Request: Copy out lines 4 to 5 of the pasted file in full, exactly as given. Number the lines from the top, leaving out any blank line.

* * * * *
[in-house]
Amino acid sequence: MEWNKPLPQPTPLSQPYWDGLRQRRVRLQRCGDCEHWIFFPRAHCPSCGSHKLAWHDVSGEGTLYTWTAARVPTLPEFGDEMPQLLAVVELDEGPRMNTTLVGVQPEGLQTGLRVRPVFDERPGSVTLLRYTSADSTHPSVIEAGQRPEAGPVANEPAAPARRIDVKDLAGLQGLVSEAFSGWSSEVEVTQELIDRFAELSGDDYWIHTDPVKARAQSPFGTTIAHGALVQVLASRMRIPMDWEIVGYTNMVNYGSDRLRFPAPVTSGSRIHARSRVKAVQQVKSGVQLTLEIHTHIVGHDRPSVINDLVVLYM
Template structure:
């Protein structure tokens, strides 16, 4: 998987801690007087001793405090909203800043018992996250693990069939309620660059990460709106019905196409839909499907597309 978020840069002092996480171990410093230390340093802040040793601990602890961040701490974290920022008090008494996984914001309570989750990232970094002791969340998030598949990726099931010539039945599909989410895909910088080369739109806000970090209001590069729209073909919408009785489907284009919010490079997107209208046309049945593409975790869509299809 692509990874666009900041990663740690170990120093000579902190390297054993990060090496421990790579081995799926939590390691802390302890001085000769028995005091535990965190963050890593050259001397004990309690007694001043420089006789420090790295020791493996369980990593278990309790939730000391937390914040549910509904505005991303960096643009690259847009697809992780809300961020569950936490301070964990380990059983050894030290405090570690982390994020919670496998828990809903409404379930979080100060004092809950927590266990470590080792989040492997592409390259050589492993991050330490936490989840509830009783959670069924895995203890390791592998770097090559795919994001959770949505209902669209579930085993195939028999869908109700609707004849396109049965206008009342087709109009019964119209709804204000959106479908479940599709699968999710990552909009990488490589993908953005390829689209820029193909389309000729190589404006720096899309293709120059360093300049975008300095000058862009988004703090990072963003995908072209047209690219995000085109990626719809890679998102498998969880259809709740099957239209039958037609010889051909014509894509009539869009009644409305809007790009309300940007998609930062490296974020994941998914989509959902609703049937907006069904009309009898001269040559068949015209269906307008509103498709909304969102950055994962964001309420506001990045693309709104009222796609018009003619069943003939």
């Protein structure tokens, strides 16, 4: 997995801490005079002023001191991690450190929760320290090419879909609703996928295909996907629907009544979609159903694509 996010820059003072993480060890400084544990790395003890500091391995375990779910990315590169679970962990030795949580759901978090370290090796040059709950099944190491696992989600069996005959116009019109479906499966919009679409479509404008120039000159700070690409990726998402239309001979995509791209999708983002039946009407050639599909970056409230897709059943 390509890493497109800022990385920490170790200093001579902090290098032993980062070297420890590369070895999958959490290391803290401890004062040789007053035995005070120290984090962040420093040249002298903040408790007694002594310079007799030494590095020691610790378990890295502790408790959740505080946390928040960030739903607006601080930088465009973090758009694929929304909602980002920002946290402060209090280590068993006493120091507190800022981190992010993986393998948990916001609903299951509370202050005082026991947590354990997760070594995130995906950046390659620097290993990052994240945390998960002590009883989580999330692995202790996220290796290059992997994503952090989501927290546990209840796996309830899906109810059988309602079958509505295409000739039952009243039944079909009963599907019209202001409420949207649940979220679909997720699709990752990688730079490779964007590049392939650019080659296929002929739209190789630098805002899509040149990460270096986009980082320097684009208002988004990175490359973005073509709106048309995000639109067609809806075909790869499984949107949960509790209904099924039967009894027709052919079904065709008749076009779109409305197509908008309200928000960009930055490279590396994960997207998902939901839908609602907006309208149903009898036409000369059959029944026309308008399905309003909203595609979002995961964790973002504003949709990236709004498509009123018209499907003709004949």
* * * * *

């Protein structure tokens, strides 16, 4: 998987801690007087001793405090909203800043018992996250693990069939309620660059990460709106019905196409839909499907597309 978020840069002092996480171990410093230390340093802040040793601990602890961040701490974290920022008090008494996984914001309570989750990232970094002791969340998030598949990726099931010539039945599909989410895909910088080369739109806000970090209001590069729209073909919408009785489907284009919010490079997107209208046309049945593409975790869509299809 692509990874666009900041990663740690170990120093000579902190390297054993990060090496421990790579081995799926939590390691802390302890001085000769028995005091535990965190963050890593050259001397004990309690007694001043420089006789420090790295020791493996369980990593278990309790939730000391937390914040549910509904505005991303960096643009690259847009697809992780809300961020569950936490301070964990380990059983050894030290405090570690982390994020919670496998828990809903409404379930979080100060004092809950927590266990470590080792989040492997592409390259050589492993991050330490936490989840509830009783959670069924895995203890390791592998770097090559795919994001959770949505209902669209579930085993195939028999869908109700609707004849396109049965206008009342087709109009019964119209709804204000959106479908479940599709699968999710990552909009990488490589993908953005390829689209820029193909389309000729190589404006720096899309293709120059360093300049975008300095000058862009988004703090990072963003995908072209047209690219995000085109990626719809890679998102498998969880259809709740099957239209039958037609010889051909014509894509009539869009009644409305809007790009309300940007998609930062490296974020994941998914989509959902609703049937907006069904009309009898001269040559068949015209269906307008509103498709909304969102950055994962964001309420506001990045693309709104009222796609018009003619069943003939």
């Protein structure tokens, strides 16, 4: 997995801490005079002023001191991690450190929760320290090419879909609703996928295909996907629907009544979609159903694509 996010820059003072993480060890400084544990790395003890500091391995375990779910990315590169679970962990030795949580759901978090370290090796040059709950099944190491696992989600069996005959116009019109479906499966919009679409479509404008120039000159700070690409990726998402239309001979995509791209999708983002039946009407050639599909970056409230897709059943 390509890493497109800022990385920490170790200093001579902090290098032993980062070297420890590369070895999958959490290391803290401890004062040789007053035995005070120290984090962040420093040249002298903040408790007694002594310079007799030494590095020691610790378990890295502790408790959740505080946390928040960030739903607006601080930088465009973090758009694929929304909602980002920002946290402060209090280590068993006493120091507190800022981190992010993986393998948990916001609903299951509370202050005082026991947590354990997760070594995130995906950046390659620097290993990052994240945390998960002590009883989580999330692995202790996220290796290059992997994503952090989501927290546990209840796996309830899906109810059988309602079958509505295409000739039952009243039944079909009963599907019209202001409420949207649940979220679909997720699709990752990688730079490779964007590049392939650019080659296929002929739209190789630098805002899509040149990460270096986009980082320097684009208002988004990175490359973005073509709106048309995000639109067609809806075909790869499984949107949960509790209904099924039967009894027709052919079904065709008749076009779109409305197509908008309200928000960009930055490279590396994960997207998902939901839908609602907006309208149903009898036409000369059959029944026309308008399905309003909203595609979002995961964790973002504003949709990236709004498509009123018209499907003709004949």